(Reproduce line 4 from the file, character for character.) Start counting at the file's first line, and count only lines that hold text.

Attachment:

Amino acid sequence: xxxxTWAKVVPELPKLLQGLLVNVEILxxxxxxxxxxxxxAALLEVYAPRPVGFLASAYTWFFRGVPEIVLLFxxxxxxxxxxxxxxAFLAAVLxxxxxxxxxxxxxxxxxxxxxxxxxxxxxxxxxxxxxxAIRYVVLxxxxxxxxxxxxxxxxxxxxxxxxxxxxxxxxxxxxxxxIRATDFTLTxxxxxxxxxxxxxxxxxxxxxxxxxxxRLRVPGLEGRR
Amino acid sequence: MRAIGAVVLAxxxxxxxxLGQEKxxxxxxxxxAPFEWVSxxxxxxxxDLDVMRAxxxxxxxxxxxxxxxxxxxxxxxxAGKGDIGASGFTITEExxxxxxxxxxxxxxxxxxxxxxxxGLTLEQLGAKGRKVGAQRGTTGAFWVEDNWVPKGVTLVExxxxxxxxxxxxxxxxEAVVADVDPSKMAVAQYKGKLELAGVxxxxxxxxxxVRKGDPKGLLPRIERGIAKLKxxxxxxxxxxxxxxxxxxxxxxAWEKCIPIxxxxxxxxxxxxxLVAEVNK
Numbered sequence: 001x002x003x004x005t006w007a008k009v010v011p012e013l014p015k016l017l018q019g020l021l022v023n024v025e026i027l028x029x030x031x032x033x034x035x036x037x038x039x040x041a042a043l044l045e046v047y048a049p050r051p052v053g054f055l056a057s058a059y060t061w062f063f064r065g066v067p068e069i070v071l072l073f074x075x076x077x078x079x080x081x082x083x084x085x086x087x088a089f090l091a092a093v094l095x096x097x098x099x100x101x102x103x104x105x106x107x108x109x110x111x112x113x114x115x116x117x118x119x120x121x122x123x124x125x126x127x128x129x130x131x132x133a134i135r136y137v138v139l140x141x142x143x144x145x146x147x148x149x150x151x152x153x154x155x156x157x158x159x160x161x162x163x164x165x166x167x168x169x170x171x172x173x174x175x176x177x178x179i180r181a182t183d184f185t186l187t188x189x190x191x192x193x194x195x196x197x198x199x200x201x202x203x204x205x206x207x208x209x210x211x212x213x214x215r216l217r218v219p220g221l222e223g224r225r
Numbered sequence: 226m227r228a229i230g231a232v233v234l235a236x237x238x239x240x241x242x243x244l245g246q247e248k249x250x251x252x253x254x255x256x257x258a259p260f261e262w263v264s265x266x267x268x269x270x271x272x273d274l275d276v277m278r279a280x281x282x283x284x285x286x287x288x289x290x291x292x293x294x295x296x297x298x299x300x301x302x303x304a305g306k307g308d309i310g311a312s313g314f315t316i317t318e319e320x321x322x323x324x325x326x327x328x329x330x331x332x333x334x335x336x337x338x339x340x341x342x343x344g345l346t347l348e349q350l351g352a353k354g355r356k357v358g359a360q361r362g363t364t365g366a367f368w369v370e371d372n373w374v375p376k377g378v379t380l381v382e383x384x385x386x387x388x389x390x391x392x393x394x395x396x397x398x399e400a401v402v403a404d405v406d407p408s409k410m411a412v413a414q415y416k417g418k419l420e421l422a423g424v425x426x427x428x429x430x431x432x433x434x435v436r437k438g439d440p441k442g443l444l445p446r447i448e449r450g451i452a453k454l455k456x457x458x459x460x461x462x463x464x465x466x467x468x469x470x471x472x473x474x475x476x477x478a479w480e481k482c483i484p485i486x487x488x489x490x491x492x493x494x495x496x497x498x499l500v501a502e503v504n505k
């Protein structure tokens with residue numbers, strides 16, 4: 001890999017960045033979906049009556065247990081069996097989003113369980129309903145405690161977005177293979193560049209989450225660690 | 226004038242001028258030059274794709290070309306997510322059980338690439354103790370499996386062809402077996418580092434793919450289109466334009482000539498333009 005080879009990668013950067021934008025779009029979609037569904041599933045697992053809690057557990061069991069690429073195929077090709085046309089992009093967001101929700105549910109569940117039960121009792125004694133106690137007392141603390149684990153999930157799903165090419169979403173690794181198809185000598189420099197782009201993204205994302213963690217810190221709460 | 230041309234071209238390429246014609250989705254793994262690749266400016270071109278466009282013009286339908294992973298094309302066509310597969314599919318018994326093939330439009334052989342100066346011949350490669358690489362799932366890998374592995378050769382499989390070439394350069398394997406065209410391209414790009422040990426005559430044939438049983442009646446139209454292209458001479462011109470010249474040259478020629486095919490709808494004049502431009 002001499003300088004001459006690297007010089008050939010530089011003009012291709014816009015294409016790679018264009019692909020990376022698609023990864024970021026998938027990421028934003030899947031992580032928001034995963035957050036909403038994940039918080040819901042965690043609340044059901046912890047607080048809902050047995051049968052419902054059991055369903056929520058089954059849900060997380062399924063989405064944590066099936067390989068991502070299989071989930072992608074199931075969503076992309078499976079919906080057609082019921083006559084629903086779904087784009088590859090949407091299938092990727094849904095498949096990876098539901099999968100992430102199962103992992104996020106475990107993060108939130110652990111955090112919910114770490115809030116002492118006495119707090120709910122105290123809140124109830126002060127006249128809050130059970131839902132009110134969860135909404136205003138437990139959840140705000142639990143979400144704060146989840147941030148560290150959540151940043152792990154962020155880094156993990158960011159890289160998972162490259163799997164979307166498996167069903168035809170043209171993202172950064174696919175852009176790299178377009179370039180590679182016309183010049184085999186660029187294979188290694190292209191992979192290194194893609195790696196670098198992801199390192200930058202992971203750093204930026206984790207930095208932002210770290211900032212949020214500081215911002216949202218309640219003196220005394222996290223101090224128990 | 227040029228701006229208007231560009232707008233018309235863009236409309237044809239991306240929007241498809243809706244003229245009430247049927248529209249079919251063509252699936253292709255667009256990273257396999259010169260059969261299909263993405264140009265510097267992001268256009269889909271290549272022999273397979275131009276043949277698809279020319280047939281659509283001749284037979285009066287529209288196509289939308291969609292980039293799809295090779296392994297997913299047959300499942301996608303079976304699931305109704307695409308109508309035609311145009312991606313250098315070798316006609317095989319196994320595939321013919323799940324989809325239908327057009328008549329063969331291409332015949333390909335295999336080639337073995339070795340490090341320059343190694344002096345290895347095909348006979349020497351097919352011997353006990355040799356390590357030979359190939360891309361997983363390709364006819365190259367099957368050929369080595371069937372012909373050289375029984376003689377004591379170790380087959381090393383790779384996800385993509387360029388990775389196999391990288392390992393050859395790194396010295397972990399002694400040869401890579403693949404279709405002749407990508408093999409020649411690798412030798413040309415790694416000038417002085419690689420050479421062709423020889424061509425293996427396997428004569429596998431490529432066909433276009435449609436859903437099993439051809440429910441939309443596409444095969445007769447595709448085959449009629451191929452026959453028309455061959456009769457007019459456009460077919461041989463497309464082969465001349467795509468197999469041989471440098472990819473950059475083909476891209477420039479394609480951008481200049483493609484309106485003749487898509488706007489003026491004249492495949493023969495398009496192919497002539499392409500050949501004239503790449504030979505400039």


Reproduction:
Numbered sequence: 226m227r228a229i230g231a232v233v234l235a236x237x238x239x240x241x242x243x244l245g246q247e248k249x250x251x252x253x254x255x256x257x258a259p260f261e262w263v264s265x266x267x268x269x270x271x272x273d274l275d276v277m278r279a280x281x282x283x284x285x286x287x288x289x290x291x292x293x294x295x296x297x298x299x300x301x302x303x304a305g306k307g308d309i310g311a312s313g314f315t316i317t318e319e320x321x322x323x324x325x326x327x328x329x330x331x332x333x334x335x336x337x338x339x340x341x342x343x344g345l346t347l348e349q350l351g352a353k354g355r356k357v358g359a360q361r362g363t364t365g366a367f368w369v370e371d372n373w374v375p376k377g378v379t380l381v382e383x384x385x386x387x388x389x390x391x392x393x394x395x396x397x398x399e400a401v402v403a404d405v406d407p408s409k410m411a412v413a414q415y416k417g418k419l420e421l422a423g424v425x426x427x428x429x430x431x432x433x434x435v436r437k438g439d440p441k442g443l444l445p446r447i448e449r450g451i452a453k454l455k456x457x458x459x460x461x462x463x464x465x466x467x468x469x470x471x472x473x474x475x476x477x478a479w480e481k482c483i484p485i486x487x488x489x490x491x492x493x494x495x496x497x498x499l500v501a502e503v504n505k